During the 2015–16 school year, 1,238 students at 175 schools took Virtual Arkansas computer classes. The following year, 209 schools offered the course but only 908 students participated.
Leveraging student involvement
For all this focus and preparation, though, the high school computer science classes are electives — students have to be persuaded to sign on. So the Education Department partnered with an ABC-TV affiliate to produce an advertisement that was shown in 22 movie theaters around the state. Hutchinson also went on a marketing blitz, giving interviews about the importance of computer science and hosting assemblies at schools statewide.
But the best promotional tool might be K-8 teachers themselves, particularly for girls and minority students.
When it comes to computer science enrollment, “We are actually close to 30 percent female and little over 70 percent male, which is better than national but still horrible,” Owen said, adding later that there is a much smaller racial disparity. “We think by taking action to try and close that gender gap, that the racial discrepancies of underserved populations will automatically try to correct itself to a certain extent.”
During the 2016–17 school year, African Americans made up 20 percent of the state’s high school population but just 15 percent of computer science students. Comparable numbers are 12 percent and 10 percent for Hispanic students, and 63 percent versus 68 percent for whites.
Targeting computer science at younger grades might help address some of those disparities, because studies show that kids absorb stereotypes about race and gender at an early age. A study this year found that girls are less likely to believe their own gender is brilliant by age 6. Other research suggests that when children are exposed to STEM education at a younger age, they are less likely to embrace gender-based stereotypes about technical careers and more likely to enter those fields later in life.
“If you look at the statistics [about] K-8 teachers, they are predominantly female and they are more representative of the communities,” Owen said. “What our vision is with those K-8 standards is that you will have a generation of students going through seeing their heroes, seeing Ms. Johnson, who looks like them [and] who is a female talking about computer science standards. [She is] not afraid of it showing that it is for women, it is for minorities, and that makes it OK for them also.”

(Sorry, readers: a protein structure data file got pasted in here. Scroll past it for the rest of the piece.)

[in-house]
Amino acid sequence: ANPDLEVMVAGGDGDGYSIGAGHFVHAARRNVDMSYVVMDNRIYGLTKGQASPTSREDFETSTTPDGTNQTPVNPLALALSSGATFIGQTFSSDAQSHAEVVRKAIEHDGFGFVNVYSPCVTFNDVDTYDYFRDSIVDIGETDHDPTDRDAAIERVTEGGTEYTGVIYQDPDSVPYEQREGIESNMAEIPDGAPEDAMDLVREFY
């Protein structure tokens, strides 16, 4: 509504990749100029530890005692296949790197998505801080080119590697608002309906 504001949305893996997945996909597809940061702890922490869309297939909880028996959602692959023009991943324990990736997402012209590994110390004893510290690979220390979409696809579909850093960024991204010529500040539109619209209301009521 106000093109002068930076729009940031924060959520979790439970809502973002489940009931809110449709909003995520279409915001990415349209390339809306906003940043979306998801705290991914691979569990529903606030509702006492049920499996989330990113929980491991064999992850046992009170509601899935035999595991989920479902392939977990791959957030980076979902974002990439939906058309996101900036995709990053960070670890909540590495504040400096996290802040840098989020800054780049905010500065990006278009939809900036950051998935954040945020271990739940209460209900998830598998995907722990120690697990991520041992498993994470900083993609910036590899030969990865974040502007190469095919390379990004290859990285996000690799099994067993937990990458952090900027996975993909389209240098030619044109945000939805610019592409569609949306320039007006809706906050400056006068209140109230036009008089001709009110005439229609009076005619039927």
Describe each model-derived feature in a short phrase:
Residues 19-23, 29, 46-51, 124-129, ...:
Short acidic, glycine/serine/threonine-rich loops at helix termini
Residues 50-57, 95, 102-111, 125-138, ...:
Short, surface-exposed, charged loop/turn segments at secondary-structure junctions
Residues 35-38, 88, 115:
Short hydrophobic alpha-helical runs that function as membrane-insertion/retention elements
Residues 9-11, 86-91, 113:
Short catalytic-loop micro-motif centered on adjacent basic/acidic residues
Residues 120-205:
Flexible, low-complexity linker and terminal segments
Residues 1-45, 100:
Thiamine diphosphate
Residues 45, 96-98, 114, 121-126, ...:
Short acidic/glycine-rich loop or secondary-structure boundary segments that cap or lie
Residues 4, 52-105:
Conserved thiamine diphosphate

In the short term — the next four years — the state hopes to have trained 10,000 K-8 teachers in computer science, have certified 1,000 high school computer science teachers, and place a trained administrator in every building, Owen said. The legislature has approved another $5 million for computer science initiatives through fiscal year 2019.
In the long term, Hutchinson hopes more tech companies will move to Arkansas, boosting the economy and providing higher-paid jobs to state residents. There are about 1,600 open computing jobs in Arkansas, according to Code.org, with average salaries around $69,000.
“The objective is that this allows Arkansas to have micro technology hubs, where we can be looked upon … as having innovation companies, technology companies locating here because we have the talent,” Hutchinson told The 74. “The commitment that I have to the students is that whenever you get your coding background, you’re not going to have to go to Silicon Valley. There is going to be those technology companies here in Arkansas that need you.”
Already, he said, the state’s commitment has encouraged some tech entrepreneurs to build their businesses at home. For example, Metova, a mobile application company that opened in Conway, Arkansas, in January 2015 with 60 jobs, later hired an additional 100 workers, and then a few months later opened a second location in Fayetteville.
“This is a company 10 years ago, when it grew, would have moved out of Arkansas because the talent in Austin or other places would have [driven the company] to relocate,” Hutchinson said.
He also has been advocating for expanding computer science education nationwide. As chair of the Southern Regional Education Board in 2015, Hutchinson steered a task force to study the demand for computer science jobs and policies that could strengthen computer science education in member states. The group released its policy recommendations last year.
“It’s probably one of the most rewarding things I’ve done in public service, to see this kind of change in a school environment, motivating young people, giving them greater opportunities and moving Arkansas a step up nationally to be a leader,” the governor said.